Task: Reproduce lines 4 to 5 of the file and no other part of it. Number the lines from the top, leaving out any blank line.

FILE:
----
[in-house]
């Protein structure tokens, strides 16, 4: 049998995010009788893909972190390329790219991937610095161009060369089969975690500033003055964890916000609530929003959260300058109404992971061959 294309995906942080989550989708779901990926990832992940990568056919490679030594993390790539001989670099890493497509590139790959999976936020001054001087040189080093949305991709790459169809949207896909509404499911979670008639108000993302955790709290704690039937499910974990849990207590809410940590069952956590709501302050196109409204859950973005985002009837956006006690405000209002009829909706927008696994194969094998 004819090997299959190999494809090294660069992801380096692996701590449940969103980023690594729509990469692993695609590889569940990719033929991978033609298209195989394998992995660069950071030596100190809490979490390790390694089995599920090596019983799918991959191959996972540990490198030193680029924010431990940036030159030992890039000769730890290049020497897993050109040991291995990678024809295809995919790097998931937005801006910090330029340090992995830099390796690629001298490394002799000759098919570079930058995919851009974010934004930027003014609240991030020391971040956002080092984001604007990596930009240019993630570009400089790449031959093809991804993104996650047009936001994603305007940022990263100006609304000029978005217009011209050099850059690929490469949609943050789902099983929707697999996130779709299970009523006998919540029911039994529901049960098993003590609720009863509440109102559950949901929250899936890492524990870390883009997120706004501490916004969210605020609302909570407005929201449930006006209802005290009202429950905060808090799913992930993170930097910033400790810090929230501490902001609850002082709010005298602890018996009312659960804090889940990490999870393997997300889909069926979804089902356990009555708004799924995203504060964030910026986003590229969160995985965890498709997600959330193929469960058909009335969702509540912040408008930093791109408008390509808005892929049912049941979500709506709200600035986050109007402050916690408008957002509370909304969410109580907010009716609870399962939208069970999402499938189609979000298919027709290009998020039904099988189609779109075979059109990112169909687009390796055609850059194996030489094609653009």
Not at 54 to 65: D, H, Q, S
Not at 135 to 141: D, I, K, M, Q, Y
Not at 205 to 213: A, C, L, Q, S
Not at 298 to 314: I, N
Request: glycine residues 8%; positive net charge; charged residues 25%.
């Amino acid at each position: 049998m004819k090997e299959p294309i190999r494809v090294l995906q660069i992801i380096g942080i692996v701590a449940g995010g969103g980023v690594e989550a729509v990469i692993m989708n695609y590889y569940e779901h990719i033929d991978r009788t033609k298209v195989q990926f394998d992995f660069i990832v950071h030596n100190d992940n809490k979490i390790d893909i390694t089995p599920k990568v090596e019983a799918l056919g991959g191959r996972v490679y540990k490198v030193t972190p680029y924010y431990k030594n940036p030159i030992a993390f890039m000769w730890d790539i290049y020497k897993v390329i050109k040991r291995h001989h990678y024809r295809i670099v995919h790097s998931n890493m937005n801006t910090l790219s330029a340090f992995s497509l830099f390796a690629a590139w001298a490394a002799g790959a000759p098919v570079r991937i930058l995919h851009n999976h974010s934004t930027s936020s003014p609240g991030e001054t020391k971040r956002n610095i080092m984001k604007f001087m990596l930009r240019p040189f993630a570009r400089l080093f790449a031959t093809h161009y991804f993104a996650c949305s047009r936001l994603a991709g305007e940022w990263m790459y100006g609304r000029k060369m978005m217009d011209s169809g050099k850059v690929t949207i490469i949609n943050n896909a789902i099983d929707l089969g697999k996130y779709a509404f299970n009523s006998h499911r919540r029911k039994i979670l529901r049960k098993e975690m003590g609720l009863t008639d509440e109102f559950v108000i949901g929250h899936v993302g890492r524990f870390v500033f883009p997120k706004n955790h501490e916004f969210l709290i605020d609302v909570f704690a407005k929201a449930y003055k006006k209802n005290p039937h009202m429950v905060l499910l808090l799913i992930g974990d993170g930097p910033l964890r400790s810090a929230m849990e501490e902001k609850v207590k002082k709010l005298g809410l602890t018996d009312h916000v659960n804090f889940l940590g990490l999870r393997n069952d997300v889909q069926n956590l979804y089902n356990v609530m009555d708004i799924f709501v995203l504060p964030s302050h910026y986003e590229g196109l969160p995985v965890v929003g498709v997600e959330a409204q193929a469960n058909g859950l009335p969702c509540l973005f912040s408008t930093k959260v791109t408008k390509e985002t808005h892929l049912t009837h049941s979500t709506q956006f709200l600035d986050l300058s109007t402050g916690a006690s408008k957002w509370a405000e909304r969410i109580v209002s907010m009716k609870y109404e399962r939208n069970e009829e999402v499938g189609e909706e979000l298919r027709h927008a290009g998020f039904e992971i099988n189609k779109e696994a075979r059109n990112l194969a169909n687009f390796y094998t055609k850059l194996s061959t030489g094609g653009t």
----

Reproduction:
Not at 135 to 141: D, I, K, M, Q, Y
Not at 205 to 213: A, C, L, Q, S